955X-based mobo shoot-out

We test the top LGA755 motherboards

WAV encoding

Raytracing

USB performance

SATA performance

What can be said for one well-tuned i955X motherboard's performance can be said for them all, evidently.

Doom 3

What's clear is that an AMD Athlon 64 4000+ is faster than an Intel Pentium 660 in the gaming benchmarks. The i955X chipset, thanks to a tweaked memory controller, is just a touch faster than an i945G and around the same speed as well-tuned nForce4 SLI I.E. However, the latter sports the all-important SLI technology that gamers just love.

Default performance, as expected, between the three boards, hasn't been a decisive factor when considered from an enthusiast's point of view. All three boards could literally be substituted for one another in a test system and you wouldn't be able to discern the visual performance difference. Overclocking, though, may shed some light on which board is best.

The usual caveats apply when discussing overclocking. Each sample is different, so the results obtained here may or may not be indicative of AW8-MAXs, Royals or D955XBKs as a whole. Overclocking tests were carried out by using a semi-unlocked Pentium 4 670 (3.8GHz, 200MHz FSB). Its native 19x multiplier was dropped to 14x, system memory was dropped to run synchronously (1:1), and both CPU and chipset voltage was raised a touch. We already know that each board is ratified to run with 266MHz FSB CPUs, so just how high would they go?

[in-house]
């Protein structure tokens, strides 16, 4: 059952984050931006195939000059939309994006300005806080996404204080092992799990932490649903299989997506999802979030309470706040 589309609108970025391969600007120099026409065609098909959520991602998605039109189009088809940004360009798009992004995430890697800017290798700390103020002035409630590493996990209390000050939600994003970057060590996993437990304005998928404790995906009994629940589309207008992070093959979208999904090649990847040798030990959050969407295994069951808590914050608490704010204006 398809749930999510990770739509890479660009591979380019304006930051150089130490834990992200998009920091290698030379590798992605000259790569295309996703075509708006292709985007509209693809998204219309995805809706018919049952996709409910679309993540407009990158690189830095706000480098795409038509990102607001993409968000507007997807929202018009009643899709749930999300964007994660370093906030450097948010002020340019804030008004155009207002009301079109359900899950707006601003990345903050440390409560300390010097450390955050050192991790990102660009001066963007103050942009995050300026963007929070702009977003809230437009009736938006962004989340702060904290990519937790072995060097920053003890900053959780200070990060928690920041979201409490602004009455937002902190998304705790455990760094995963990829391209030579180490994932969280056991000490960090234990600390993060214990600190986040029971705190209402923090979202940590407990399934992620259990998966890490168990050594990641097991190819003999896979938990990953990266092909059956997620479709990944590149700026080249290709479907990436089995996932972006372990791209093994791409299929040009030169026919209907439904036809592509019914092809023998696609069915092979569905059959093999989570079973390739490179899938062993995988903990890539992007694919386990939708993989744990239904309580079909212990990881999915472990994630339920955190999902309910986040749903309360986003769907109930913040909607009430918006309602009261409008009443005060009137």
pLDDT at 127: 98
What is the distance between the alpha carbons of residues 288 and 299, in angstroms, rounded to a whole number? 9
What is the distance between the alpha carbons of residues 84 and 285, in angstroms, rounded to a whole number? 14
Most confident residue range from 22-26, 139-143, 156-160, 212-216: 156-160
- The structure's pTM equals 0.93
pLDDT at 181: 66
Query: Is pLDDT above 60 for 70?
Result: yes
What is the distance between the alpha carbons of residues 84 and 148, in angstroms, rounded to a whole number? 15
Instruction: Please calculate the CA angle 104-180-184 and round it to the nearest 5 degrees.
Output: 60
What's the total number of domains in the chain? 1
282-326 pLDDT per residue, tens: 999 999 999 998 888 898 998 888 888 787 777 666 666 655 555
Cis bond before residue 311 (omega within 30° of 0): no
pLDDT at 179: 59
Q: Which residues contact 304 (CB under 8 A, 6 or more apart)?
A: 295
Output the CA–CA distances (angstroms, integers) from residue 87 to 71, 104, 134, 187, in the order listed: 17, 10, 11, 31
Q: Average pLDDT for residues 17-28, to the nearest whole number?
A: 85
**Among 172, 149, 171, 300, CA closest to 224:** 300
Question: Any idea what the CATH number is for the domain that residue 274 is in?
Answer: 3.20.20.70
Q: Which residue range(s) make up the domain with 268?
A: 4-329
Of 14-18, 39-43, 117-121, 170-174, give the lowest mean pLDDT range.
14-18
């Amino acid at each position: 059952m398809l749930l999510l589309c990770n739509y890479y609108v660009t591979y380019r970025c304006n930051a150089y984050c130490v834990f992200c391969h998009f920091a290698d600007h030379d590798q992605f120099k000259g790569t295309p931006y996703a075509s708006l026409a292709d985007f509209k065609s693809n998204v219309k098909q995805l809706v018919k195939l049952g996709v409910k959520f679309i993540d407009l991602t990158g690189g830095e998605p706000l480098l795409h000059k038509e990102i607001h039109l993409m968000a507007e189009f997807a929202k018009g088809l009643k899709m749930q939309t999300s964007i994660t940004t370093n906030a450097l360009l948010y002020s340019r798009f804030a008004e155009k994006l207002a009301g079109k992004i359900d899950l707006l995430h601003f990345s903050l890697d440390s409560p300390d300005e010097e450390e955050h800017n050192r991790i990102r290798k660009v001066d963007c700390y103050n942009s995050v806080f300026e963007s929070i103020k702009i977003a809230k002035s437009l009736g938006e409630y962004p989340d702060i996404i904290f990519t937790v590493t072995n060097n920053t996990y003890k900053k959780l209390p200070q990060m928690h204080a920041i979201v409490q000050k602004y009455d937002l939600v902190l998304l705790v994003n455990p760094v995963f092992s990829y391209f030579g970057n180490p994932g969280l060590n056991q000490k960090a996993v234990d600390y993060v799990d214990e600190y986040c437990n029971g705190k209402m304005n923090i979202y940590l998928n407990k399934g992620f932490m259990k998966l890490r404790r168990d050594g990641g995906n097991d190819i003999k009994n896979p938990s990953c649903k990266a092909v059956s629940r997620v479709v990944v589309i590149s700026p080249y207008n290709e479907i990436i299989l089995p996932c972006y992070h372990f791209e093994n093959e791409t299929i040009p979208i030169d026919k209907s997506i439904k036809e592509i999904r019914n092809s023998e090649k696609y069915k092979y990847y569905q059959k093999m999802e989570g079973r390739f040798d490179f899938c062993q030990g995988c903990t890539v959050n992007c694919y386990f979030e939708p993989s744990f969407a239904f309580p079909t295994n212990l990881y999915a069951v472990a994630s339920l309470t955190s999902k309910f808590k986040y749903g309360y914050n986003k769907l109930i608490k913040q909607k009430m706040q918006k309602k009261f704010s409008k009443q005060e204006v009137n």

Intel's D955XBK was ommited from the results due to a lack of fine-tuning within the BIOS. What's pleasing is that both ABIT and Gigabyte boards managed to hit 300MHz FSBs with basic air cooling. It seems as if ABIT's Silent OTES and Gigabyte's U-PLUS DPS systems work well. We're adamant that retail examples will manage similar FSBs.

Next page: Verdict